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Erik Brady: Beating Chiefs would help satisfy 1966 Bills, who lost to KC in AFL title game

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Game changer (copy)

Taron Johnson's pick-six against the Baltimore Ravens joins one by Carlton Bailey in the 1992 AFC Championship Game against the Denver Broncos as being two of the most impactful in franchise history.

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Come Sunday, the Buffalo Bills can make amends for their 1966 forebears, who lost out on a chance to play in the first Super Bowl before it was even called that.

“Avenge ’66!” shouts Ed Rutkowski, the Bills’ jack of all trades of that era.

Today’s Bills can get to Super Bowl LV by beating the Kansas City Chiefs, the same franchise that denied them 54 years ago. But don’t think of it as one for the Gipper. It’s more like win one for the Slipper – meaning Dudley Meredith, who put the dud in Dudley in the American Football League championship game on New Year’s Day 1967.

The Bills came in as the two-time defending AFL champs, playing at the Old Rockpile, their crumbling home sweet home. They won the toss – and then it all went downhill.

The Chiefs kicked off short. Meredith, a bulky backup defensive tackle who was a wedge blocker on the return team, tried to field it. He fumbled instead. The Chiefs recovered and scored a touchdown three plays later.

Rutkowski, now 79, says, “I don’t know what Dudley was thinking.”

Charley Ferguson, 81, was a tight end on those AFL title teams. “That kickoff took a lot out of us,” he says. “Dudley just couldn’t get a hold of it.”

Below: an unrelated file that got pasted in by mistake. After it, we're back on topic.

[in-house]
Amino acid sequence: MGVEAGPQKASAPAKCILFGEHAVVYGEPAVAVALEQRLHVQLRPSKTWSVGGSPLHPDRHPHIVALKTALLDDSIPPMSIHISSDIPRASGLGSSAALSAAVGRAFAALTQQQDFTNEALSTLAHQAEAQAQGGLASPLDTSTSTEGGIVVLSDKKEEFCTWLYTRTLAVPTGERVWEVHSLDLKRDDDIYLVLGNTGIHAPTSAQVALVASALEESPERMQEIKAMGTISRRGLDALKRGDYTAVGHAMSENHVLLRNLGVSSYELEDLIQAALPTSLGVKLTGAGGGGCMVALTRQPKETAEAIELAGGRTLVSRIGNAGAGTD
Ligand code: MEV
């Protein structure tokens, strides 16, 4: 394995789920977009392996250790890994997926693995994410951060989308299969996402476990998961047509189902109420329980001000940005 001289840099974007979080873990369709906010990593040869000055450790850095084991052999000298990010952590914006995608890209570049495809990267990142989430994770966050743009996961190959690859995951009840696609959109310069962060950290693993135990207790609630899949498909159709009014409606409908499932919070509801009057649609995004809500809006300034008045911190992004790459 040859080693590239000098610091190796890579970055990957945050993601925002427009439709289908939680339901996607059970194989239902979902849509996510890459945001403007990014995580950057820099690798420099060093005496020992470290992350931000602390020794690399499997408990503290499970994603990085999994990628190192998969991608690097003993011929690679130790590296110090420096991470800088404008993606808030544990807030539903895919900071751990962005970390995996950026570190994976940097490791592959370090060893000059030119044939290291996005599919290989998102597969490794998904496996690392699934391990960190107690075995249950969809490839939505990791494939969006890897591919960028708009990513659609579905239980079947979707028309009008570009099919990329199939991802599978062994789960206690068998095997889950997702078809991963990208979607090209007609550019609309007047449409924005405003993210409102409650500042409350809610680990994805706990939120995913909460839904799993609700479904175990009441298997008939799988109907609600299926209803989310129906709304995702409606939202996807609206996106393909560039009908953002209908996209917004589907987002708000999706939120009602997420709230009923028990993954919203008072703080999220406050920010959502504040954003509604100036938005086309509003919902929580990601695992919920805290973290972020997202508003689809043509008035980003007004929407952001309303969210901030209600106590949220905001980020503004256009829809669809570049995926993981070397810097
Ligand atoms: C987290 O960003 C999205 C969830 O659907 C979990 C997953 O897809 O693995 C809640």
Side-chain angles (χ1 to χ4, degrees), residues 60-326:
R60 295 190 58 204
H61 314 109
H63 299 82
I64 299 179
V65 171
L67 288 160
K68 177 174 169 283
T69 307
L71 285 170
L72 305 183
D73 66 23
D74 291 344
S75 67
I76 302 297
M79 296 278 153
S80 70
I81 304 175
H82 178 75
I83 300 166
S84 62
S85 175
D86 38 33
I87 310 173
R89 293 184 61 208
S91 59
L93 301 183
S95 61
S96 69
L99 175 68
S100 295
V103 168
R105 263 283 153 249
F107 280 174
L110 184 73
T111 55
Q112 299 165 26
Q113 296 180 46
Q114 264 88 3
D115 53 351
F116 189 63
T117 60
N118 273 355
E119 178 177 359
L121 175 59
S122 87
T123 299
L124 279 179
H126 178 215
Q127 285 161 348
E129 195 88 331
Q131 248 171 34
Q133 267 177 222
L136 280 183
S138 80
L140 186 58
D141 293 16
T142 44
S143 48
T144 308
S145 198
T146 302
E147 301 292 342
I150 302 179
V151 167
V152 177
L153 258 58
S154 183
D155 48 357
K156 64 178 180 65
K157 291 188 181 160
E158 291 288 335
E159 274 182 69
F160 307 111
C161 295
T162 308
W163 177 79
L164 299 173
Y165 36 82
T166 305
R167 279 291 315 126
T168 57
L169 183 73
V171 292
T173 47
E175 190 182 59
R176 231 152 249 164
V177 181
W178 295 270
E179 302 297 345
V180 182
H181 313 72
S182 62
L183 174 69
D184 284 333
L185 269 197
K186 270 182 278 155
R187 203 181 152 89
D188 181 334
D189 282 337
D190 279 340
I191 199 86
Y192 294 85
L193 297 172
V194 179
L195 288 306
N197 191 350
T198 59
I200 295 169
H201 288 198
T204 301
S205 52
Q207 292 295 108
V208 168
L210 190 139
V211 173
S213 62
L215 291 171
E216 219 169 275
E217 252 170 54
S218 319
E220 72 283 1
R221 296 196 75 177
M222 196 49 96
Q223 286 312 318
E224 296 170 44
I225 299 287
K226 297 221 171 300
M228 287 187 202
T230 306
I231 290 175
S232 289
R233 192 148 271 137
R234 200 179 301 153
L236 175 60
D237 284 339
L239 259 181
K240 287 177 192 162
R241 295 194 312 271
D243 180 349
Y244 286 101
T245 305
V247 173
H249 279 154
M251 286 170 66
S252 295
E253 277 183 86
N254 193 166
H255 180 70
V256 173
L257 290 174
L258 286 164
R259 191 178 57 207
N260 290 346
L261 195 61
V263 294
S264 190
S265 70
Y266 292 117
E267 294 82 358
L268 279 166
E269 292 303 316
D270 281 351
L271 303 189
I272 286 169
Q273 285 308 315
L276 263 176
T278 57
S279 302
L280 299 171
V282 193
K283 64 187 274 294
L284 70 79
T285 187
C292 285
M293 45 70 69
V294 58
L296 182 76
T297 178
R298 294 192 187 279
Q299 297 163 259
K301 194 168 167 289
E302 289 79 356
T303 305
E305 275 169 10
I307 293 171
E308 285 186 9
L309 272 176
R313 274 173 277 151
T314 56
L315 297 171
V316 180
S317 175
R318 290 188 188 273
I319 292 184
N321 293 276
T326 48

The Chiefs would go on to win, 31-7, and then lose to the Green Bay Packers, 35-10, in Super Bowl I. So if today’s Bills should beat Kansas City on Sunday, and then beat Green Bay, should it defeat Tampa Bay, in the Super Bowl – giving Buffalo its long-dreamed-of super ending – well, what could be more symmetrical than that?

“That would be a ton of revenge for me,” says Billy Shaw, 82, the Bills’ Pro Football Hall of Fame guard. “I often tell people – and I’m serious – that the loss to the Chiefs is my worst memory from my career as a Bill. That hurt so bad. And it still hurts.”

Meredith’s gaffe gave the Chiefs a quick 7-0 lead. Then Bills quarterback Jack Kemp hit wide receiver Elbert Dubenion on a 69-yard bomb to tie it at 7. The Chiefs held a 14-7 lead late in the second quarter when the Bills drove to the Chiefs’ 11-yard-line, where Kemp threw to wide receiver Bobby Crockett, who had beaten his man. But safety Johnny Robinson read the play and intercepted at the goal line, returning it 72 yards to set up a field goal. Instead of a 14-14 tie at the half, the Chiefs led 17-7.

“I read Kemp’s eyes,” Robinson said, “and I got lucky.”

“I put everything I had on that pass,” Kemp said. “It was as hard as I can throw.”